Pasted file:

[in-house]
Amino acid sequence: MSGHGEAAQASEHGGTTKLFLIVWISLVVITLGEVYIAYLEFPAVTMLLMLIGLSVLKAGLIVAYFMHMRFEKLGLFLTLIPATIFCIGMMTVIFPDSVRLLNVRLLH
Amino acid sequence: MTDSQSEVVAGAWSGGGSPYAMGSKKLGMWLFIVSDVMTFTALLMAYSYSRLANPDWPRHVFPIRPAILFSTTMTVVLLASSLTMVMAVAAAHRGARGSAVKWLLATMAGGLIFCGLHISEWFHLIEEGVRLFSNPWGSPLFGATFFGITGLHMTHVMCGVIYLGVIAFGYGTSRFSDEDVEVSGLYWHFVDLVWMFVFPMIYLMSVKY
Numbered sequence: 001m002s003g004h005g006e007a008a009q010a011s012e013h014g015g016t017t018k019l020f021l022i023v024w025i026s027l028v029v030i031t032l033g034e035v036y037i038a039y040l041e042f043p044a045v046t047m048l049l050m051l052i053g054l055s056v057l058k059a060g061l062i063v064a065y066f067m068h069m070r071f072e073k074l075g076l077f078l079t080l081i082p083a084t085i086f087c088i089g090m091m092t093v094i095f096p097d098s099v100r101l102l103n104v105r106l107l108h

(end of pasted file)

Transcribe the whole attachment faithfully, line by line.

[in-house]
Amino acid sequence: MSGHGEAAQASEHGGTTKLFLIVWISLVVITLGEVYIAYLEFPAVTMLLMLIGLSVLKAGLIVAYFMHMRFEKLGLFLTLIPATIFCIGMMTVIFPDSVRLLNVRLLH
Amino acid sequence: MTDSQSEVVAGAWSGGGSPYAMGSKKLGMWLFIVSDVMTFTALLMAYSYSRLANPDWPRHVFPIRPAILFSTTMTVVLLASSLTMVMAVAAAHRGARGSAVKWLLATMAGGLIFCGLHISEWFHLIEEGVRLFSNPWGSPLFGATFFGITGLHMTHVMCGVIYLGVIAFGYGTSRFSDEDVEVSGLYWHFVDLVWMFVFPMIYLMSVKY
Numbered sequence: 001m002s003g004h005g006e007a008a009q010a011s012e013h014g015g016t017t018k019l020f021l022i023v024w025i026s027l028v029v030i031t032l033g034e035v036y037i038a039y040l041e042f043p044a045v046t047m048l049l050m051l052i053g054l055s056v057l058k059a060g061l062i063v064a065y066f067m068h069m070r071f072e073k074l075g076l077f078l079t080l081i082p083a084t085i086f087c088i089g090m091m092t093v094i095f096p097d098s099v100r101l102l103n104v105r106l107l108h